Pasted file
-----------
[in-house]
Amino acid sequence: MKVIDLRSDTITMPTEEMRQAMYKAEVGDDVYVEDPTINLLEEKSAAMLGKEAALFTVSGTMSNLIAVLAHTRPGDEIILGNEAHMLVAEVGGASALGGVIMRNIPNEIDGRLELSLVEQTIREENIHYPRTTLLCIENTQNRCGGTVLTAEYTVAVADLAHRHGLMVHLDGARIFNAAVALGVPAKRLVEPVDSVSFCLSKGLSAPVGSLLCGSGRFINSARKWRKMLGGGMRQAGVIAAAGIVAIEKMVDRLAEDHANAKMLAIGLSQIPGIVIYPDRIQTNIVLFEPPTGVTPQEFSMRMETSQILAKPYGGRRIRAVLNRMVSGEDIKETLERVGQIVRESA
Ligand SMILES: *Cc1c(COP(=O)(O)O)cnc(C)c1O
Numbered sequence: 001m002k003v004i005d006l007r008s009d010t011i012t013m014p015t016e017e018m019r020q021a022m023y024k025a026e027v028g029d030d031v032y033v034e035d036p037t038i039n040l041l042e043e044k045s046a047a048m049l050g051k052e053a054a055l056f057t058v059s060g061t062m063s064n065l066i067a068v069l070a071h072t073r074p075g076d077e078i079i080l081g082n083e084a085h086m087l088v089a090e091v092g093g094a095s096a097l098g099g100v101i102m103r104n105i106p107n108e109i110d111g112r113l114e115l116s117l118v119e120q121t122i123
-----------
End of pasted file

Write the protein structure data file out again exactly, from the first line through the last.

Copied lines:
[in-house]
Amino acid sequence: MKVIDLRSDTITMPTEEMRQAMYKAEVGDDVYVEDPTINLLEEKSAAMLGKEAALFTVSGTMSNLIAVLAHTRPGDEIILGNEAHMLVAEVGGASALGGVIMRNIPNEIDGRLELSLVEQTIREENIHYPRTTLLCIENTQNRCGGTVLTAEYTVAVADLAHRHGLMVHLDGARIFNAAVALGVPAKRLVEPVDSVSFCLSKGLSAPVGSLLCGSGRFINSARKWRKMLGGGMRQAGVIAAAGIVAIEKMVDRLAEDHANAKMLAIGLSQIPGIVIYPDRIQTNIVLFEPPTGVTPQEFSMRMETSQILAKPYGGRRIRAVLNRMVSGEDIKETLERVGQIVRESA
Ligand SMILES: *Cc1c(COP(=O)(O)O)cnc(C)c1O
Numbered sequence: 001m002k003v004i005d006l007r008s009d010t011i012t013m014p015t016e017e018m019r020q021a022m023y024k025a026e027v028g029d030d031v032y033v034e035d036p037t038i039n040l041l042e043e044k045s046a047a048m049l050g051k052e053a054a055l056f057t058v059s060g061t062m063s064n065l066i067a068v069l070a071h072t073r074p075g076d077e078i079i080l081g082n083e084a085h086m087l088v089a090e091v092g093g094a095s096a097l098g099g100v101i102m103r104n105i106p107n108e109i110d111g112r113l114e115l116s117l118v119e120q121t122i123